By Alistair Smout DUNDEE (Reuters) - Former British prime minister Gordon Brown set aside a long-running feud on Wednesday to urge Scots to reject independence in his first public appearance with Alistair Darling, the leader of the campaign to keep Scotland part of the United Kingdom. With three weeks to go before a historic independence referendum on Sept. 18, the two Labour party politicians, who fell out while in government from 2007-10, appeared in Dundee to argue that Scotland would be better off staying in the union. They spoke as postal voting got underway and as the campaign intensifies with independence supporters struggling to catch up with their rivals in the polls even though their leader, Alex Salmond, won a final TV debate on Monday.
By Nidal al-Mughrabi and Jeffrey Heller GAZA/JERUSALEM (Reuters) - An open-ended ceasefire in the Gaza war held on Wednesday as Prime Minister Benjamin Netanyahu faced strong criticism in Israel over a costly conflict with Palestinian militants in which no clear victor emerged. In Israel, sirens warning of incoming rocket fire from the Gaza Strip fell silent, but media commentators, echoing attacks by members of Netanyahu's governing coalition, voiced deep disappointment over his leadership during the most prolonged bout of Israeli-Palestinian violence in a decade. "After 50 days of warfare in which a terror organization killed dozens of soldiers and civilians, destroyed the daily routine (and) placed the country in a state of economic distress ... we could have expected much more than an announcement of a ceasefire," analyst Shimon Shiffer wrote in Yedioth Ahronoth, Israel's biggest-selling newspaper. "We could have expected the prime minister to go to the President’s Residence and inform him of his decision to resign his post." Netanyahu, who has faced constant sniping in his cabinet from right-wing ministers demanding military action to topple Hamas, made no immediate comment on the Egyptian-mediated truce deal that took effect on Tuesday evening.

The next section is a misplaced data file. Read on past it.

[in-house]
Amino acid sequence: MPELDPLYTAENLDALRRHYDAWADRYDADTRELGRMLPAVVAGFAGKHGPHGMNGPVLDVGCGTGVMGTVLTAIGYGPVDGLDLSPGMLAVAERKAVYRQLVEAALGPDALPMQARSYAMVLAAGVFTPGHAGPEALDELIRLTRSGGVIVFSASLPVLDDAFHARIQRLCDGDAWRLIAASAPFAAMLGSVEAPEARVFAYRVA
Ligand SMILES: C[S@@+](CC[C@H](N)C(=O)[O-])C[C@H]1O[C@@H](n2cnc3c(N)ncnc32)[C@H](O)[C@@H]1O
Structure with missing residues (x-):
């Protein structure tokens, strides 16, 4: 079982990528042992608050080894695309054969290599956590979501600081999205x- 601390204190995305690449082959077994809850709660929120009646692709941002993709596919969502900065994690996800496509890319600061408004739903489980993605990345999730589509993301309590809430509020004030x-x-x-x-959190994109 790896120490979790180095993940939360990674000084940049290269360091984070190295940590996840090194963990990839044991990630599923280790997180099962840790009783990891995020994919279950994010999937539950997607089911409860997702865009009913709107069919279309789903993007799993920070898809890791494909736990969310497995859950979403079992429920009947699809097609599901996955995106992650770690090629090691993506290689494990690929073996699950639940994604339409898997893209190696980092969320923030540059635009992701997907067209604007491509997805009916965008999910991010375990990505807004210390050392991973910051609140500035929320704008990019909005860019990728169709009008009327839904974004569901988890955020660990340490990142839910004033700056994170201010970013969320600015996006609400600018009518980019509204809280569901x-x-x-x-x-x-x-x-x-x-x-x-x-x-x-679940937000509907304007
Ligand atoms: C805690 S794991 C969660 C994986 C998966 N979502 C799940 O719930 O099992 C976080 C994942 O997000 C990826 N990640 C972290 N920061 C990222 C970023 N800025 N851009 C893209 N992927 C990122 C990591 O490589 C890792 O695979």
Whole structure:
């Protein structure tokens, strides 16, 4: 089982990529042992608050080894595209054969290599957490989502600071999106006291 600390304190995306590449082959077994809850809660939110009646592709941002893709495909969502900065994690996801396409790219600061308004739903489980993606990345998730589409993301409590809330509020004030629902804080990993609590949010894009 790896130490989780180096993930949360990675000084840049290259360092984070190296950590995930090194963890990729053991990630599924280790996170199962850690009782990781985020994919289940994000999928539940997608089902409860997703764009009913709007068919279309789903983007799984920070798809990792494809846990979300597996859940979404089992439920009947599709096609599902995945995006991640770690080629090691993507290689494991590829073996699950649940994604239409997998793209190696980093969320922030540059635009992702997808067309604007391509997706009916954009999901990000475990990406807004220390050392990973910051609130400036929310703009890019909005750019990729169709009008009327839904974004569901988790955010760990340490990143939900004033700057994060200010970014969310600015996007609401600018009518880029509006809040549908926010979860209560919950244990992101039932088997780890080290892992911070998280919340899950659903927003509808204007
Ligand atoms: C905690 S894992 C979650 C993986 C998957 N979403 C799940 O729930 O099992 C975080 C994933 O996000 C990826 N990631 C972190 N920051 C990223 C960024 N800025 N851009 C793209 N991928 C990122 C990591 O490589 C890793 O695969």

By Mehreen Zahra-Malik ISLAMABAD (Reuters) - Pakistani Prime Minister Nawaz Sharif told parliament on Wednesday he would not be cowed by thousands of demonstrators camped outside the assembly demanding his resignation. Protesters led by cricketer-turned-politician Imran Khan and firebrand cleric Tahir ul-Qadri have rallied in Islamabad for almost two weeks and vowed to occupy the capital until Sharif resigns - a demand the premier has firmly rejected.